Are You Insuring Your Home to Value?
Okay, you’ve been stuck at home for several months now because of the pandemic and maybe you’ve decided to make the best of your time by working to improve your house.
Have you thought about also upgrading your insurance coverage to reflect the added value you’ve created?
Did you upgrade your kitchen? Renovate other rooms in the house or add on rooms? If so, be sure to keep photos taken before and after. They will come in handy if you need to make a claim. Did you remodel a room to be a home office? Did you purchase new equipment?
The first thing you should do is create an inventory. You’ve got the time now, right? It’s easy these days. You can capture almost everything on a smartphone, taking photos or videos, whatever works best. Record receipts showing amount and date of purchase, make and model and/or appraisals, if you have them.
Increased Cost of Construction
There are other concerns though. How old is your home? Any building more than a few years old might not comply with current building codes. And that can create problems.
When property damage forces you to rebuild or remodel, you most likely will have to bring your construction up to current codes. Most homeowners policies exclude coverage for loss due to complying with an ordinance or law regulating construction, repair or occupancy of any building. So even if your home is properly insured to value, your policy might not cover the additional costs of bringing it up to current codes.
To make matters worse, after a portion of your home is damaged, local authorities can require you to repair undamaged portions to bring them up to current codes. And since remodeling usually costs more on a square-foot basis than new construction, these repairs can be costly.
A policy endorsement, or addition, called “ordinance or law coverage” or “increased cost of construction coverage” can help you cover some of the unexpected costs of disaster recovery.
If your home is destroyed or damaged, you’ll probably have some trash and debris to remove before repairs can begin. Will your insurance policy cover these costs?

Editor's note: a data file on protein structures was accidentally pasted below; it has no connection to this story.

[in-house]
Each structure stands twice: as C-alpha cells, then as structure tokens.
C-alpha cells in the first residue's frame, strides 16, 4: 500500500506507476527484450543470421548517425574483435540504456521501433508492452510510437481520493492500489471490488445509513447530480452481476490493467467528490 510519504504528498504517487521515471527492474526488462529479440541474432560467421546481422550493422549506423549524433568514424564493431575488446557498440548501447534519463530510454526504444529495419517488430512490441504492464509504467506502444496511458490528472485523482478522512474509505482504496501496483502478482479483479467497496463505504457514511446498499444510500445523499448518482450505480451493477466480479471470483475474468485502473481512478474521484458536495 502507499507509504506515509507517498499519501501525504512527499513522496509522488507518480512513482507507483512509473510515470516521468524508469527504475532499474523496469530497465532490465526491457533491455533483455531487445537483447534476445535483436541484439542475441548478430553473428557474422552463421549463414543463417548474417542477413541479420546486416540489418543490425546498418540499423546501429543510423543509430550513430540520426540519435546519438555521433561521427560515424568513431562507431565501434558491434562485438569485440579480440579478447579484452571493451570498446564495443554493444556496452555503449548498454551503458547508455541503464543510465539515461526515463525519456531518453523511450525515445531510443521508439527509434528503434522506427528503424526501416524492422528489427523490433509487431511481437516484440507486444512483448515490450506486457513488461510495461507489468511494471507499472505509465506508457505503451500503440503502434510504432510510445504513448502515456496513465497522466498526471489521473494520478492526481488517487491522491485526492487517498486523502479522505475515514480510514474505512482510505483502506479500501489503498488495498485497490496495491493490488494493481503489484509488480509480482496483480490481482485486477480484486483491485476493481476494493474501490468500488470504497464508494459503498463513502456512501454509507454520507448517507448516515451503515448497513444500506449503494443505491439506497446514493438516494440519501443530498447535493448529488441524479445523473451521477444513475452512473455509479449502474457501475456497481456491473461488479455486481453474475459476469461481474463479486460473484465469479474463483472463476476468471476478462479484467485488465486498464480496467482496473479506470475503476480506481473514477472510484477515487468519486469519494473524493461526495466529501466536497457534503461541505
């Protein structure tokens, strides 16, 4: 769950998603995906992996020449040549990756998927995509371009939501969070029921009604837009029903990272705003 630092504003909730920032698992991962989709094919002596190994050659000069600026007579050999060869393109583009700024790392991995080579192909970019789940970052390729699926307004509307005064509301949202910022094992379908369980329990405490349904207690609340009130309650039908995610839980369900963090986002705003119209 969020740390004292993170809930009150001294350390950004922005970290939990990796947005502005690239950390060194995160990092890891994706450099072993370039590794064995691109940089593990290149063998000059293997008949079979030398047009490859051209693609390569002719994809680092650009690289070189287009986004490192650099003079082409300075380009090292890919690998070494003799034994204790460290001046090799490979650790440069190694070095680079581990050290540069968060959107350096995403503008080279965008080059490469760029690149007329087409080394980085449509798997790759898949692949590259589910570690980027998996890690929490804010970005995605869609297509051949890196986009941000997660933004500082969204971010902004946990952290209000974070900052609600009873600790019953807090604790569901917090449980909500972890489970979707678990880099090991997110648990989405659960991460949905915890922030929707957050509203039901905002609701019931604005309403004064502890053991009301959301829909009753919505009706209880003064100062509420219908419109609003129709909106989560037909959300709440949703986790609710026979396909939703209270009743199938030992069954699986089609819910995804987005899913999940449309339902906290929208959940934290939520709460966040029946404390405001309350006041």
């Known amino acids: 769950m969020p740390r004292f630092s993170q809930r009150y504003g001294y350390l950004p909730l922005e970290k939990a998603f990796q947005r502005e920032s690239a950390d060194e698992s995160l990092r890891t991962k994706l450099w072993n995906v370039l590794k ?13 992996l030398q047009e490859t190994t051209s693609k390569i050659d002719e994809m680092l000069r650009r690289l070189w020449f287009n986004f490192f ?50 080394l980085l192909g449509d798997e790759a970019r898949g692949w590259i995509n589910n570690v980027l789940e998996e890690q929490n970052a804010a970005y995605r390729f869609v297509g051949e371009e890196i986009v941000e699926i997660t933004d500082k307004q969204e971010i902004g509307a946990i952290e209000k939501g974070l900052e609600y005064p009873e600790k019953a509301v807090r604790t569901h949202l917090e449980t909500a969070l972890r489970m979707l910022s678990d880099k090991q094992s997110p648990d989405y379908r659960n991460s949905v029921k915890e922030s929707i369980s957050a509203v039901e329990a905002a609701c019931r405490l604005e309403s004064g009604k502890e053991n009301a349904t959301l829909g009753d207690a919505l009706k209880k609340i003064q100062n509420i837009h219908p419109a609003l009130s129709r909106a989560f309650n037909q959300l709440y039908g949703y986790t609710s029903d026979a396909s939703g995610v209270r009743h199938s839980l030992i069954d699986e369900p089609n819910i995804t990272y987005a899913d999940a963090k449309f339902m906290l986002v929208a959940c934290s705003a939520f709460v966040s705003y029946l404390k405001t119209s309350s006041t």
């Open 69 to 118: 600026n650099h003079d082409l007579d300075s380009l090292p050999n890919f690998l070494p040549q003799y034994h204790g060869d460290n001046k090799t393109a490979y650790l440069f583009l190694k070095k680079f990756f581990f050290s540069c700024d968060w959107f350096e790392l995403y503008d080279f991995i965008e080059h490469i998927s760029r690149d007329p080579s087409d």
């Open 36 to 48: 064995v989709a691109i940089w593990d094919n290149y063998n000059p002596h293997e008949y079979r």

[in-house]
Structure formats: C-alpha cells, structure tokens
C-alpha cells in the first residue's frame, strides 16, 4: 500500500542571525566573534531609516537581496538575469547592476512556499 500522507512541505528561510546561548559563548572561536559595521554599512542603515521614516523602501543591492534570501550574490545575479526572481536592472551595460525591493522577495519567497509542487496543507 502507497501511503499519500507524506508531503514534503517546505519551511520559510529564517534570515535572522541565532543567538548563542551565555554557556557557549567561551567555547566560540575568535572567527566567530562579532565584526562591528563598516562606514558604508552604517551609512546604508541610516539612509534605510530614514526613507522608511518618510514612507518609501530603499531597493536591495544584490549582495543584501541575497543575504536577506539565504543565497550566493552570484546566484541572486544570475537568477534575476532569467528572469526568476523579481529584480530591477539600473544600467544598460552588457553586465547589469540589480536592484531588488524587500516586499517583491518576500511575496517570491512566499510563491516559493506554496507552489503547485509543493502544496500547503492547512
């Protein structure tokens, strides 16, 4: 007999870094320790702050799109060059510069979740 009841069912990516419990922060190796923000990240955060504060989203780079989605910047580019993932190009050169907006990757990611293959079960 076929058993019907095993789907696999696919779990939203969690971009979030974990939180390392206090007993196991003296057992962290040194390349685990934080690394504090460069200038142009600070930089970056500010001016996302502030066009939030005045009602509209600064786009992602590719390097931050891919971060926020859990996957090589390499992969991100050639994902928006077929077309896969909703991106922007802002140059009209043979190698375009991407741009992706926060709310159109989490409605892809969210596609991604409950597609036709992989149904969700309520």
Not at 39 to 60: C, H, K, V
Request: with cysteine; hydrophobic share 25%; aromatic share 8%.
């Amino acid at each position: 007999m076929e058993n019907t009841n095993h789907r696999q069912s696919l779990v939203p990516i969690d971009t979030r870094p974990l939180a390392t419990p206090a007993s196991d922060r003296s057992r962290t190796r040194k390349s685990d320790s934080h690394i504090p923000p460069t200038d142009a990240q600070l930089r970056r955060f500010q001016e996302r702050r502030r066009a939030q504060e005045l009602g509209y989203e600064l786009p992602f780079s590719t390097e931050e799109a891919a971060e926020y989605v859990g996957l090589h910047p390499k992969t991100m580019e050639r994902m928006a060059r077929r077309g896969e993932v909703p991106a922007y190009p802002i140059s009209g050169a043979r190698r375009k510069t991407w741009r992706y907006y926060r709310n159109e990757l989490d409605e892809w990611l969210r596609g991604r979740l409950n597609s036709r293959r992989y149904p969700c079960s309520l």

The typical homeowners property policy provides debris removal coverage as an “additional coverage” over and above your property policy’s limits. It will pay the cost of removing “covered property” damaged by a “covered cause of loss.” Most policies usually limit coverage to 25 percent of the insurer’s liability for direct covered damage, plus any applicable deductible. Sometimes a policy will include an additional debris removal limit — check the policy declarations.
If the total of the direct physical loss costs and debris removal costs exceeds your policy limits, or if debris removal expenses exceed the debris removal “additional coverage” limits, some policies will provide an additional $10,000 in debris removal coverage per incident. This additional coverage often applies in areas where storm damage is common.
In some instances, however, debris removal costs could greatly exceed the cost of the direct property damage. Debris removal can cost more than you might think. If your home is older, it could contain lead paint, asbestos and other contaminants that require special handling and disposal by law.
To address this problem you can buy an endorsement to provide “debris removal additional insurance,” which increases the limits of the additional debris removal coverage under your policy to any amount you desire.
Whether it’s to increase your insurance limits or discuss coverage gaps, please don’t hesitate to contact us. We look forward to hearing from you.
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